This question already has an answer here:

In PowerShell is there an equivalent of touch?

For instance in Linux I can create a new empty file by invoking:

touch filename

On Windows this is pretty awkward -- usually I just open a new instance of notepad and save an empty file.

So is there a programmatic way in PowerShell to do this?

I am not looking to exactly match behaviour of touch, but just to find the simplest possible equivalent for creating empty files.

marked as duplicate by phuclv, Pimp Juice IT, Dave M, music2myear, Mokubai Sep 22 '17 at 8:13

This question has been asked before and already has an answer. If those answers do not fully address your question, please ask a new question.

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  • Thanks. I looked at them, but most of the answer focus on command-prompt. I'd like to have a PowerShell solution that doesn't require me to install new applications. – jsalonen Nov 7 '12 at 19:33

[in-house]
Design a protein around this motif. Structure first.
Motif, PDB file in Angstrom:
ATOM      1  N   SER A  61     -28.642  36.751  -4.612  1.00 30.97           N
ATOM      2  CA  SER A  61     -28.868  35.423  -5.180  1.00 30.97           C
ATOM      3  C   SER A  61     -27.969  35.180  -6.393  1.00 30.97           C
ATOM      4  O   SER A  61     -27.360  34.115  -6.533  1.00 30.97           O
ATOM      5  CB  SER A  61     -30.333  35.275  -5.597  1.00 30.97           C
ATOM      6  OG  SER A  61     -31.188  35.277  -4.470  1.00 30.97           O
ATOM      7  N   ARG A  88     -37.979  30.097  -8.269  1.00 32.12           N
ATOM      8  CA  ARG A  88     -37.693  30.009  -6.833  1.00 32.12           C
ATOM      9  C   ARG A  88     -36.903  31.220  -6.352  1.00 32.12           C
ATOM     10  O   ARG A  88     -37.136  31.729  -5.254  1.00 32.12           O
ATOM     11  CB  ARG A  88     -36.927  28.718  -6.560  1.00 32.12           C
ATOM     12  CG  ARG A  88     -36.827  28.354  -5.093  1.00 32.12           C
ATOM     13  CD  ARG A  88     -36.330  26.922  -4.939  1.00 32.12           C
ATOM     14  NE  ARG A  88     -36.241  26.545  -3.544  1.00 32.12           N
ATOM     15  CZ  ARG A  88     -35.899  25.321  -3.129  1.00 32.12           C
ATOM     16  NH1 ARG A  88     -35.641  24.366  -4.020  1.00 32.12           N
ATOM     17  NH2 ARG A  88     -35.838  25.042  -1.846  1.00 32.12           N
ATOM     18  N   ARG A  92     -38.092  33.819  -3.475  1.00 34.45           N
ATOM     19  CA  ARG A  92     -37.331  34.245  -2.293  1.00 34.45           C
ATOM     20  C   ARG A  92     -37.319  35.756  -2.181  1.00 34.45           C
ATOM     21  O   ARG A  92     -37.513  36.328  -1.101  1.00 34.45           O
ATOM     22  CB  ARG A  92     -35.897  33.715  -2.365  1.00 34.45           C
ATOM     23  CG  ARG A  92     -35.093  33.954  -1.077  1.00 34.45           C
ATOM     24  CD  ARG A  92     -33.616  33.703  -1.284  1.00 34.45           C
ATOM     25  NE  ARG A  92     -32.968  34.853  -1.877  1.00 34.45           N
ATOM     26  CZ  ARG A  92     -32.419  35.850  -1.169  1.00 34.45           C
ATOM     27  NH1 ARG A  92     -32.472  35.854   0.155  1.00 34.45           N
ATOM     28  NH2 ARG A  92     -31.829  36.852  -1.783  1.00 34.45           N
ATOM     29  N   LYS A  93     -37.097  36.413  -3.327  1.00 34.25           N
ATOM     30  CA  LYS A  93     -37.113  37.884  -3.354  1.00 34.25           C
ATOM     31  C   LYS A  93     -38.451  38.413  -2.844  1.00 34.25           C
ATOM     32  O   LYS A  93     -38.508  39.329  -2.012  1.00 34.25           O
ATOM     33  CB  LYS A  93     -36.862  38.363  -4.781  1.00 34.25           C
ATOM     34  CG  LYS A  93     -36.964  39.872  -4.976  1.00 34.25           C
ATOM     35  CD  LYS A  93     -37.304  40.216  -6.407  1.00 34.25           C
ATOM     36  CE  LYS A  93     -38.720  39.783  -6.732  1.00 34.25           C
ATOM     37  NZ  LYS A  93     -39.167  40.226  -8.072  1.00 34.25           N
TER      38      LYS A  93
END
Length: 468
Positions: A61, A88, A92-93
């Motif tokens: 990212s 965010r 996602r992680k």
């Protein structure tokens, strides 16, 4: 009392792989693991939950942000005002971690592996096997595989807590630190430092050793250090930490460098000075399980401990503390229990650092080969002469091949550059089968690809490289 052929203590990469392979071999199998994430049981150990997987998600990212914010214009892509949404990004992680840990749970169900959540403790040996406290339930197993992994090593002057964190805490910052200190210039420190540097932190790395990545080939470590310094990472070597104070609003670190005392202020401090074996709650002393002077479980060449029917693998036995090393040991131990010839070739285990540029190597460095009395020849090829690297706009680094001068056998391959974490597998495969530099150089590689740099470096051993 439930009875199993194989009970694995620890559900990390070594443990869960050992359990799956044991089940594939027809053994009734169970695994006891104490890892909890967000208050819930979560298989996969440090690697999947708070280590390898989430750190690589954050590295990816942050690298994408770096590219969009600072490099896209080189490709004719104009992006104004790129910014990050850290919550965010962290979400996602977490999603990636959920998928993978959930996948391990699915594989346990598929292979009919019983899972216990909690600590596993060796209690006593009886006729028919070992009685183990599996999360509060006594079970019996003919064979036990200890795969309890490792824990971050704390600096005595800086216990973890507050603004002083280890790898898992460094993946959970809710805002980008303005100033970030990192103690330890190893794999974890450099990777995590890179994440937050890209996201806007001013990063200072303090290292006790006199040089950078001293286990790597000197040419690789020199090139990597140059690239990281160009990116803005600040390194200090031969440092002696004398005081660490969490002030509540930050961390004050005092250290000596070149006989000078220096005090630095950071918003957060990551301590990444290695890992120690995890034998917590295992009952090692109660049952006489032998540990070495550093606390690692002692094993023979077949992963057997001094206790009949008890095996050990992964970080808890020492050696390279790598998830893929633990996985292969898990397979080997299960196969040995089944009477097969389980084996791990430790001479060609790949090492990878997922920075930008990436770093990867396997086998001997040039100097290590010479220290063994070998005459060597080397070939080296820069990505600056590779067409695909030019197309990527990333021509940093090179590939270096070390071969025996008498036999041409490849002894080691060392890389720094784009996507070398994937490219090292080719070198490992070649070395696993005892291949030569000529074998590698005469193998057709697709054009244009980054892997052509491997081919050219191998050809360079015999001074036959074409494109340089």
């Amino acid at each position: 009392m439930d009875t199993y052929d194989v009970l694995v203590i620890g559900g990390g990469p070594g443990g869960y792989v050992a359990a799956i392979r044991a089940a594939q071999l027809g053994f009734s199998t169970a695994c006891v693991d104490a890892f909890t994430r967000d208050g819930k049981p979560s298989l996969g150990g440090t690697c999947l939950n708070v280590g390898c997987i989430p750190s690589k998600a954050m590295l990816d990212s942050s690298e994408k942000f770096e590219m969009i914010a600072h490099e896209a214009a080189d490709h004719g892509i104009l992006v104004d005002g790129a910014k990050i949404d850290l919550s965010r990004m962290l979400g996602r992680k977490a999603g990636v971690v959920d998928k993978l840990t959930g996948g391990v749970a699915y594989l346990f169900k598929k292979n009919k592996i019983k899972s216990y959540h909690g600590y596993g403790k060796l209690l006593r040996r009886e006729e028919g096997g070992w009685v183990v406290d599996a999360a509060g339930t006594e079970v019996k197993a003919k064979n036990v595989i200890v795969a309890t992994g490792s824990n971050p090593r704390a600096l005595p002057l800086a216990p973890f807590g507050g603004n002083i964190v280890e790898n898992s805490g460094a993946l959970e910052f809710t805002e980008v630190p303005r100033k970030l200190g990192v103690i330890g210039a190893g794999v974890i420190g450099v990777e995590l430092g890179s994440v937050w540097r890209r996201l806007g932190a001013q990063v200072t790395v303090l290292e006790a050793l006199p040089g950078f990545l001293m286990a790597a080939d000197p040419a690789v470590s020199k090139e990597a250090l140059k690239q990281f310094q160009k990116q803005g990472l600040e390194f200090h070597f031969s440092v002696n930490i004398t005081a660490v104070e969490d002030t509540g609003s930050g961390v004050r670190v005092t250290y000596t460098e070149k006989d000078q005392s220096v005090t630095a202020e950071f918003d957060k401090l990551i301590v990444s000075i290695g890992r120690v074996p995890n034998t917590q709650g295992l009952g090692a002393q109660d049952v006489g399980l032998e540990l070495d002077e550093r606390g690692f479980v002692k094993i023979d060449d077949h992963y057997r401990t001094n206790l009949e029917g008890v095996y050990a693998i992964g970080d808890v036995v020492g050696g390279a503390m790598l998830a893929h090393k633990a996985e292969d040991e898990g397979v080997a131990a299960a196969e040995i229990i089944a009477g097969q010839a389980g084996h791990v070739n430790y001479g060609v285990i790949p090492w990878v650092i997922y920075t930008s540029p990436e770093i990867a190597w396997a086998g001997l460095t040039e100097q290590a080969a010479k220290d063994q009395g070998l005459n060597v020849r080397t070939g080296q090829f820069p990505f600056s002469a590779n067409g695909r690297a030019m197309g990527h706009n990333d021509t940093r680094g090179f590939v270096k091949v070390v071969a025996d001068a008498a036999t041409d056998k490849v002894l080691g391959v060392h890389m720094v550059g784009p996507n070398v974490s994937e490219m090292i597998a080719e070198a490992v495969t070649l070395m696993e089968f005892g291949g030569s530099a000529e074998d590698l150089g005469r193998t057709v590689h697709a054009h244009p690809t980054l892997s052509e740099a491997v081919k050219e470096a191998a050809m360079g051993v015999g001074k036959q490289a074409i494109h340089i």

• Downvoted the question - both features are only a few more lines of code, just implement both, not just half, esp. when the missing half other command is so dangerous. – yzorg Feb 18 '14 at 0:49
  • @yzorg: What do you mean by both features? I was only asking how to create an empty file in PS the way you can do with touch in Linux. – jsalonen Feb 18 '14 at 9:13
  • @jsalonen Use *nix touch on an existing file it will update the last write time without modifying the file, see the links from @amiregelz. This question has a high google ranking for powershell touch, I wanted to alert copy/paste-ers that just this half of it can destroy data, when *nix touch doesn't. See @LittleBoyLost answer that handles when the file already exists. – yzorg Feb 18 '14 at 14:44

14 Answers 14

up vote 141 down vote accepted

Using the append redirector ">>" resolves the issue where an existing file is deleted:

echo $null >> filename
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    Also known as 'echo null>filename' from a command prompt, possibly a batch file. Cool to see the PowerShell version of it, thanks! – Mark Allen Nov 7 '12 at 21:11